She Survived SARS, H1N1, and Science Class - but COVID-19 Canceled Her Commencement

Apr 17, 2020

Steffi Kong, a double major in biochemistry and psychology, says she's disappointed to not get a graduation ceremony at Converse College next month. But she also says she'll remember college for a lot more than one event.
Credit provided by Steffi Kong

Steffi Kong grew up in Singapore. At the onset of the century, the country was in the path of the outbreak of Severe Acute Respiratory Syndrome, or SARS, a coronavirus similar to COVID-19. Kong contracted SARS, and beat it, but "because of that, my immune system was very compromised," she says.

Three years later, she caught H1N1, which was the swine flu that proved much deadlier and much more far-reaching. 

So to say that Kong was looking forward to seeing her family and walking in Converse College's commencement ceremony next month is an undestatement. But now that the Spartanburg-based college has shifted graduation to a virtual ceremony, Kong and her classmates -- the second-to-last class to ever graduate from an all-female Converse College -- will have to attend online in May.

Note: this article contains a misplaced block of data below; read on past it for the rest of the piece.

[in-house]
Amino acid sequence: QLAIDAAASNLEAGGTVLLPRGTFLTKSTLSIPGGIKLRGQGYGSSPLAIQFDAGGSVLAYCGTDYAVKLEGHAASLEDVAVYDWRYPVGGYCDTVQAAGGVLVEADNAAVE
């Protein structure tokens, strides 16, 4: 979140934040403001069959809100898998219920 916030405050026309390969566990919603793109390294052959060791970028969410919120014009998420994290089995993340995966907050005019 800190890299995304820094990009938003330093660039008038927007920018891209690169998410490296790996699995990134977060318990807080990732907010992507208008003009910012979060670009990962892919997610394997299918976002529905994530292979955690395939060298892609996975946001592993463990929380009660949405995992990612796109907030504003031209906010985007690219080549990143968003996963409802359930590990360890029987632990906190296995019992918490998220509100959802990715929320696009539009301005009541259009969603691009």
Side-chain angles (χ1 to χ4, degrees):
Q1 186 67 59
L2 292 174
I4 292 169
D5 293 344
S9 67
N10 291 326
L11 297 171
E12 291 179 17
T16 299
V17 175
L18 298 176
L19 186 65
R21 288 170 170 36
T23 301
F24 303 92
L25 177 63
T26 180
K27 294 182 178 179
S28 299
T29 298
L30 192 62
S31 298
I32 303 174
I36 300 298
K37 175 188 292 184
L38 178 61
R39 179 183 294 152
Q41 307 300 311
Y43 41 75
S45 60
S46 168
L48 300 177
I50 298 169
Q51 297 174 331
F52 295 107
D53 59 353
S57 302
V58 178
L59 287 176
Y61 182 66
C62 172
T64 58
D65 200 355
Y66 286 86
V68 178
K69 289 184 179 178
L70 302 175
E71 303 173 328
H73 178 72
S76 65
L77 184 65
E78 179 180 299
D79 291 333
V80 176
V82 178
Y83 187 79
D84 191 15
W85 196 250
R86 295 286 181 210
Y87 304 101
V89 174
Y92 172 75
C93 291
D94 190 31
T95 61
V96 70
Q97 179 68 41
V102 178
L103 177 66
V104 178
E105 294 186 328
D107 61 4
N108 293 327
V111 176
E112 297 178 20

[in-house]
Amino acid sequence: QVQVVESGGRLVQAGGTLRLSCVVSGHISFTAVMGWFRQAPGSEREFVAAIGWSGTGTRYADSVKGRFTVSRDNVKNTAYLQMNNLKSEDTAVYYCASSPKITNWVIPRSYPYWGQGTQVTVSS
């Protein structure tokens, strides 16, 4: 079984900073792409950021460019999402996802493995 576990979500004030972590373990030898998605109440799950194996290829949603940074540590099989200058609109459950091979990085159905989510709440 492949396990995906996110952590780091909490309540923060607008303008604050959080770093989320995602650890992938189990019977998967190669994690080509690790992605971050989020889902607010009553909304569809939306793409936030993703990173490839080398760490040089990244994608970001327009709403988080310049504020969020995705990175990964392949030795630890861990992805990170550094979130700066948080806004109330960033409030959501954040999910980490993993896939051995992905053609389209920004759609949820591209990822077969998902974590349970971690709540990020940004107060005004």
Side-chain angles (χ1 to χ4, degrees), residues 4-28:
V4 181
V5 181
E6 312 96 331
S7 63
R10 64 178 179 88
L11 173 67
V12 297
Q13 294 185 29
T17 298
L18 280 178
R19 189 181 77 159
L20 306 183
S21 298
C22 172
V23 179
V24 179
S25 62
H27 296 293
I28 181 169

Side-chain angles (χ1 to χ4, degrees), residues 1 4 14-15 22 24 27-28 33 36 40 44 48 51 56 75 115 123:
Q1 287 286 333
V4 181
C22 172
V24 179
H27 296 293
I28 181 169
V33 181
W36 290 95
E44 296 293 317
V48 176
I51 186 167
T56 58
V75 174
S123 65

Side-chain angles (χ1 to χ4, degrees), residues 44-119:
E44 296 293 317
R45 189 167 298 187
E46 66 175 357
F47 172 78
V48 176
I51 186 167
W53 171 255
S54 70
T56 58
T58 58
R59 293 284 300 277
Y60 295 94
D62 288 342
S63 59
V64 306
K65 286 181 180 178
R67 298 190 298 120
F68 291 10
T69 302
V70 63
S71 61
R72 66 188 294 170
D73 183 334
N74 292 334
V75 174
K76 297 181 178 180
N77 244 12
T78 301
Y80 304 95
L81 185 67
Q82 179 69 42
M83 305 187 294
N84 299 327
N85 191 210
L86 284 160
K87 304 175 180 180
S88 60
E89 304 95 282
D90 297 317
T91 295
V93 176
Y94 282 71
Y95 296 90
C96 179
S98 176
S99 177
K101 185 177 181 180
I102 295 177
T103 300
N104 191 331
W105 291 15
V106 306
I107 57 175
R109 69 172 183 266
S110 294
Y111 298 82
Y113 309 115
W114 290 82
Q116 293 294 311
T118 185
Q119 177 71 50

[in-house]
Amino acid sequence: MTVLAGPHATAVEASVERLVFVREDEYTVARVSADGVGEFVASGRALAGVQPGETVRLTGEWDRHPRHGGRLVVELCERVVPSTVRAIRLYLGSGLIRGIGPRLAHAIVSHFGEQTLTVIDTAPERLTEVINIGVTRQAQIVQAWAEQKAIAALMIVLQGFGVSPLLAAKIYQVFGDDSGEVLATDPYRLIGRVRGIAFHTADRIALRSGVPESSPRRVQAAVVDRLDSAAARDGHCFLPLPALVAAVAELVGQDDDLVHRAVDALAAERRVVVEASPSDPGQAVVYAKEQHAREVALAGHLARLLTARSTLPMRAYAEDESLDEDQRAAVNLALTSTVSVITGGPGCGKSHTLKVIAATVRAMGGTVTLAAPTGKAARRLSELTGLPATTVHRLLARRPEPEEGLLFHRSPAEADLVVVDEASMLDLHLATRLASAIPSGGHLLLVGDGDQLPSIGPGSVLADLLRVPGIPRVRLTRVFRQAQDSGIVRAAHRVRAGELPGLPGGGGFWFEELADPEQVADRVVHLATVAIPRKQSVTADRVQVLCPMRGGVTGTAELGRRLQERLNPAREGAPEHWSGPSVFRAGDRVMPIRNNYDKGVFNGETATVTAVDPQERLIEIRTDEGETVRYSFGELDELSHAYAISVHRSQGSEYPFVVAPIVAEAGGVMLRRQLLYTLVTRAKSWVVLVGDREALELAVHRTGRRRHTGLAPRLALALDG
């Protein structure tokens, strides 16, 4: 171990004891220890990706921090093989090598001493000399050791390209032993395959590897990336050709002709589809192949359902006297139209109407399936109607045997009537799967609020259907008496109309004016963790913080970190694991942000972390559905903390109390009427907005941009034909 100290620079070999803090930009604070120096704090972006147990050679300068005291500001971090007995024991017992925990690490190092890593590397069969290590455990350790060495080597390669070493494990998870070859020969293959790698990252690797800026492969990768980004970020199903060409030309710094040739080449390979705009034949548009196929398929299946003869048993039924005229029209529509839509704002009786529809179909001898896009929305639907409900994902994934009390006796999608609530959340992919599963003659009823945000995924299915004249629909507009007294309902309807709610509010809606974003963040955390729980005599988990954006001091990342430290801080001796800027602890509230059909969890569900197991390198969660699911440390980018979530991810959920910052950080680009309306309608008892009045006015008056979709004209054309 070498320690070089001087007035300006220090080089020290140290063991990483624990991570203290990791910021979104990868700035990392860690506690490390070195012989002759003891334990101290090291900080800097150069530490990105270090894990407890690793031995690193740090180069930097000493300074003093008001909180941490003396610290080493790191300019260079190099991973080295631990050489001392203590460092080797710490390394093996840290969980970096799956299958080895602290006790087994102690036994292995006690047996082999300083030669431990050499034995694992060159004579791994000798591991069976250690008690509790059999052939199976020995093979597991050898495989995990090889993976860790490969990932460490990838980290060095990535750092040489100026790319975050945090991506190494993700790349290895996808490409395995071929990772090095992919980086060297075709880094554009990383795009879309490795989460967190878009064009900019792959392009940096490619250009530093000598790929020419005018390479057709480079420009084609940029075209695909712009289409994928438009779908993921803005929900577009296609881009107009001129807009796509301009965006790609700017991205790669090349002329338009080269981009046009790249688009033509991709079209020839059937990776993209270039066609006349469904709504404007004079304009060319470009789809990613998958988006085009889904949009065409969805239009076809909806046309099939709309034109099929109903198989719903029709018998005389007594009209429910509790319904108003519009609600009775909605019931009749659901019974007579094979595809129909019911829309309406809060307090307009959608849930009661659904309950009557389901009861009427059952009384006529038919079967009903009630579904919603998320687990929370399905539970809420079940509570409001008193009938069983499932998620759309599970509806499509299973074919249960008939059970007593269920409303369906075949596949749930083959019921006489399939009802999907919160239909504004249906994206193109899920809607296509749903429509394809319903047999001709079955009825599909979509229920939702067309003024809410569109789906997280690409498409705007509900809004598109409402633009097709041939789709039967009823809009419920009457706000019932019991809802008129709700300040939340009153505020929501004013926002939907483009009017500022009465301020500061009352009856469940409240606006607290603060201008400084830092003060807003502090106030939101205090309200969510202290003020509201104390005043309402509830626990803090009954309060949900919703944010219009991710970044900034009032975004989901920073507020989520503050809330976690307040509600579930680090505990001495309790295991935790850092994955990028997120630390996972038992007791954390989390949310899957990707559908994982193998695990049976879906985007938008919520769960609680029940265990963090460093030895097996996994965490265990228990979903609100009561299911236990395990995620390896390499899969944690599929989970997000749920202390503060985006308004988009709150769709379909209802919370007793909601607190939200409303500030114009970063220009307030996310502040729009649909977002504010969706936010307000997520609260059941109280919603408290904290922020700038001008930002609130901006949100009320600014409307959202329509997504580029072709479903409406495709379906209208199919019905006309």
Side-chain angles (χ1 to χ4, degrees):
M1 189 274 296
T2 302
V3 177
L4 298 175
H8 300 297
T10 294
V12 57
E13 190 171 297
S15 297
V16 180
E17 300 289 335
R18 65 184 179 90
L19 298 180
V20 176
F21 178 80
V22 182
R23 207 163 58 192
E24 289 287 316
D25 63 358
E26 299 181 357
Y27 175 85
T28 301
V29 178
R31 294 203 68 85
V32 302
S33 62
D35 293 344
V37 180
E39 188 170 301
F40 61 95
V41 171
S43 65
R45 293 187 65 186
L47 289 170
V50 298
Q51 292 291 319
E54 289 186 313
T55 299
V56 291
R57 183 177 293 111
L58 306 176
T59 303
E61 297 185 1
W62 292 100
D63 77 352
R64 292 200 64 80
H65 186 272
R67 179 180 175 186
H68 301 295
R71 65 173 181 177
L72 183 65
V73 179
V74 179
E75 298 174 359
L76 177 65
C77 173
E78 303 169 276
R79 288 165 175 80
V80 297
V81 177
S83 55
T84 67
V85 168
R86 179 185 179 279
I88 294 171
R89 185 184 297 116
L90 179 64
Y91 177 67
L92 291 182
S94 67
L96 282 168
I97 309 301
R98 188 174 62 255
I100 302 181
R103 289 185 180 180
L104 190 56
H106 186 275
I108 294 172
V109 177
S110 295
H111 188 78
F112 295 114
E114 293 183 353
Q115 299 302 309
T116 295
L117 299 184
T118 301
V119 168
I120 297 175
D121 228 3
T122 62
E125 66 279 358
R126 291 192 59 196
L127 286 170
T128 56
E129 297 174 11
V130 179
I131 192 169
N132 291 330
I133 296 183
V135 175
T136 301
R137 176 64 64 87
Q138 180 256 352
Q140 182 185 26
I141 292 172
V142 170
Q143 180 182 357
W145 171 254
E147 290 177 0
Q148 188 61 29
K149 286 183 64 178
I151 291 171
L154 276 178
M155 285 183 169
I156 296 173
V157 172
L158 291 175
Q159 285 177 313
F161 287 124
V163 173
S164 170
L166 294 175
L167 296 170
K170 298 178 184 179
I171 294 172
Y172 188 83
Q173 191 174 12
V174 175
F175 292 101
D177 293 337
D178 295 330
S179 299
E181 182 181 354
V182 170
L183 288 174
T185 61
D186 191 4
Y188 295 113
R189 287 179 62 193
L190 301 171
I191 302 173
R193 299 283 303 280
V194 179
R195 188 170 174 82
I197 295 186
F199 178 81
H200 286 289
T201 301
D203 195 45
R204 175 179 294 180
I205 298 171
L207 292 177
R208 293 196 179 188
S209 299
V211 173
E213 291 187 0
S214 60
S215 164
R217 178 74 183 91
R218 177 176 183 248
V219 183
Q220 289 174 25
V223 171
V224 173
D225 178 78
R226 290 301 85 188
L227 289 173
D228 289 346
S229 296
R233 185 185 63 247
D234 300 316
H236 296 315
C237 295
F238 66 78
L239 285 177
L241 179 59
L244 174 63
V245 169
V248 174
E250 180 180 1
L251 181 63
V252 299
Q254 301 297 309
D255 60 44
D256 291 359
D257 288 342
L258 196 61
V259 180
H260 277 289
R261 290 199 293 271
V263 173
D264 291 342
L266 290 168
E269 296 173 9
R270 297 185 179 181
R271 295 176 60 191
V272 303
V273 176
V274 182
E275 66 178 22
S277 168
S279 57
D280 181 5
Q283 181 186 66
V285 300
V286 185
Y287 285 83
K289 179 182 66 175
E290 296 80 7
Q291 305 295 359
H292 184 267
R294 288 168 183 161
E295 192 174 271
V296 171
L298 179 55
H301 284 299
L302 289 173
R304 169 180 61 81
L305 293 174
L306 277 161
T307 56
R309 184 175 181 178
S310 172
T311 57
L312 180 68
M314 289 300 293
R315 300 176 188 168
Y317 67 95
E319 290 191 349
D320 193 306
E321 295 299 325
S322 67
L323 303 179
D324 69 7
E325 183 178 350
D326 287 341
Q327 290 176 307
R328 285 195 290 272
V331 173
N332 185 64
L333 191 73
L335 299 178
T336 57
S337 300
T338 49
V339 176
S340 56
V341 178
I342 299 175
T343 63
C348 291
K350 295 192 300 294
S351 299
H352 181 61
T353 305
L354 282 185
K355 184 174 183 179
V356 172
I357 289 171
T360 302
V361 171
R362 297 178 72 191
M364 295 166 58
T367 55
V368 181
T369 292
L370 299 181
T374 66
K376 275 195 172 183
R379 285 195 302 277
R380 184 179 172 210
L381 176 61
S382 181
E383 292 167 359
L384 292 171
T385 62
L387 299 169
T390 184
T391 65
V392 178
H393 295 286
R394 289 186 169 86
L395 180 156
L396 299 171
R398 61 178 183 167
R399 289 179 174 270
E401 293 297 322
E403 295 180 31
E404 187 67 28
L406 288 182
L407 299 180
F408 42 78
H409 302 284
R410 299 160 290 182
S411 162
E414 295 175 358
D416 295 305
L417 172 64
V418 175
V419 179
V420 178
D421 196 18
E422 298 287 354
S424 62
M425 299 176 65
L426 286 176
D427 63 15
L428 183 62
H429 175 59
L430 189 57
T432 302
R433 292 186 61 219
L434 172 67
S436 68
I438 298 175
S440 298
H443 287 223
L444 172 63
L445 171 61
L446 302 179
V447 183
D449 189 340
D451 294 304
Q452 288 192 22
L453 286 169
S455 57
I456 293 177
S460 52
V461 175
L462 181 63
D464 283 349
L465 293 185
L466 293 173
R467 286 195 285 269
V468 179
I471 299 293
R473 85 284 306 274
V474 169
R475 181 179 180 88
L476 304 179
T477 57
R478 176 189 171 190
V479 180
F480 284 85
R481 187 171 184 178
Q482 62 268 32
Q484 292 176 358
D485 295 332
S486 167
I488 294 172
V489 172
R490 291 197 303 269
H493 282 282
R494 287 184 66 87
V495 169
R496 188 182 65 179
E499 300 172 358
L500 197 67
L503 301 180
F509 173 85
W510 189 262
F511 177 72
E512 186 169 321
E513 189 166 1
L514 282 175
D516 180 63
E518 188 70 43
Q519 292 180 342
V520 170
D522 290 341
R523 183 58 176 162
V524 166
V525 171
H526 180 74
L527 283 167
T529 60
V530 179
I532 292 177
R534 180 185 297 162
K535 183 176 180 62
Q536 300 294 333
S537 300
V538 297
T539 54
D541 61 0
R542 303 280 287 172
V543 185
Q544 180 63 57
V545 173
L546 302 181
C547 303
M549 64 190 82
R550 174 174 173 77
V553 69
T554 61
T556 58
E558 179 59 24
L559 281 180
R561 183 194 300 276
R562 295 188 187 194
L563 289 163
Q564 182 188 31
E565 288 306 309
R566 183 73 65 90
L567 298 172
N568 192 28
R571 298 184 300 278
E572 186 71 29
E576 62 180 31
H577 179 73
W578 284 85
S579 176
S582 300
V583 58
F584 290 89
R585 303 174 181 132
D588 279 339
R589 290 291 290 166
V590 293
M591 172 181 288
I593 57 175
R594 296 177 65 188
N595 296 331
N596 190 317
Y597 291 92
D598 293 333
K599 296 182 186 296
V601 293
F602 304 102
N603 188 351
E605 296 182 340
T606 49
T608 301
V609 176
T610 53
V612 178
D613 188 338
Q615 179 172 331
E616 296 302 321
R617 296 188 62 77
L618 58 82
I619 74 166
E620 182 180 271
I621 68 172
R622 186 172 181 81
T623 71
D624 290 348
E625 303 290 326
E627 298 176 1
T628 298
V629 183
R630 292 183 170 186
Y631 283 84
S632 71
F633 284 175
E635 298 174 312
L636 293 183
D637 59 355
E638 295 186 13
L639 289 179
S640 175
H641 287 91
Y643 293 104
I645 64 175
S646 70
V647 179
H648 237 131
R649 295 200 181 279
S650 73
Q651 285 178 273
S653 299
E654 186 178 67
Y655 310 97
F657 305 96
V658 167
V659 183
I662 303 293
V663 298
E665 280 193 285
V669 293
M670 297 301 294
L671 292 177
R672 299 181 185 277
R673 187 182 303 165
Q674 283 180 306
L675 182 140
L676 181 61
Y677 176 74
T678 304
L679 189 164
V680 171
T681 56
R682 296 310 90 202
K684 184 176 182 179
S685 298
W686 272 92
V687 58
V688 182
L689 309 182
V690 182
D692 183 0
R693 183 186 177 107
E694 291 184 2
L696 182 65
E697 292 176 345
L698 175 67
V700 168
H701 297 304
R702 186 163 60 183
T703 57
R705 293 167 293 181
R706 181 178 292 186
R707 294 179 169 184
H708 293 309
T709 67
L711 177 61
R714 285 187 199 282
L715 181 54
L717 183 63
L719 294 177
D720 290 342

The school is planning to hold its spring commenceent ceremony in August, but Kong might not be around for it. She'll either be heading off to medical school, which she's applied to, or possibly back in Singapore with the family she'd love to see, but doesn't dare try to right now.

"My parents and I were like, what’s the risk of me going through these transit cities – especially now with no direct flights,"she says. "That’s going to increase my chances of exposure."

She obviously has no wish to take a third swing at a pandemic disease, nor does she plan to expose her family to something they also don't want. So Kong is staying in the states for now.

And while Kong she's disappointed to see yet another pandemic get in the way of something she was really looking forward to, she sees a much bigger picture.

"Yeah, graduation is the highlight of the four years, but that’s not the main thing," she says. "There are other experiences that are going to stay with us for a lifetime, and that’s what really matters.  I remember going on those bus trips with my [tennis] teammates. I remember those days when we had to do sprints and we were literally dying on the court. I remember those close matches when we one and we get into a team hug and everyone is just yelling."

Off the court lends penty of fond memories too.

"You hear a science student screaming in the hallway about their lab reports or you are just in your professor’s office crying. Or just eating carbs during exam week," she says. "These are the things that you remember."